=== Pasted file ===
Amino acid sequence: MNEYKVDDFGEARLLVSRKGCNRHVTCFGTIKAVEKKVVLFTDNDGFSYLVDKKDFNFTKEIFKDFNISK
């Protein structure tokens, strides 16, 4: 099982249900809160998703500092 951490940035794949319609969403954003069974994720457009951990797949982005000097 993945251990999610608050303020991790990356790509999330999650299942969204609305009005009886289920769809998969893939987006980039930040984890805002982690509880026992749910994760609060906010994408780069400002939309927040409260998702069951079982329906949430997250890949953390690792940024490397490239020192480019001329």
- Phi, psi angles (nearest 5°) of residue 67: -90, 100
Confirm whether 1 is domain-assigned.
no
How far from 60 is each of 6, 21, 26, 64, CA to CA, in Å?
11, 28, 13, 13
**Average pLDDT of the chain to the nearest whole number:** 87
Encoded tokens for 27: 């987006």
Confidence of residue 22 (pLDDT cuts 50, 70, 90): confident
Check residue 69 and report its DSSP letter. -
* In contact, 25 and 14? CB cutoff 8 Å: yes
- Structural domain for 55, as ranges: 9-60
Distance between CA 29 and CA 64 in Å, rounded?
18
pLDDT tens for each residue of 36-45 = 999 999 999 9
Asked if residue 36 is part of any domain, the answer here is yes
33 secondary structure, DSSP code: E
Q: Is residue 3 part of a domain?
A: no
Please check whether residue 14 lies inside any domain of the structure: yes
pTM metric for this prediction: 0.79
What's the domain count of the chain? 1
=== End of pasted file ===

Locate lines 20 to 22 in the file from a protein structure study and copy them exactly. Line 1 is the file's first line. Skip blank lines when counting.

A: no
Please check whether residue 14 lies inside any domain of the structure: yes
pTM metric for this prediction: 0.79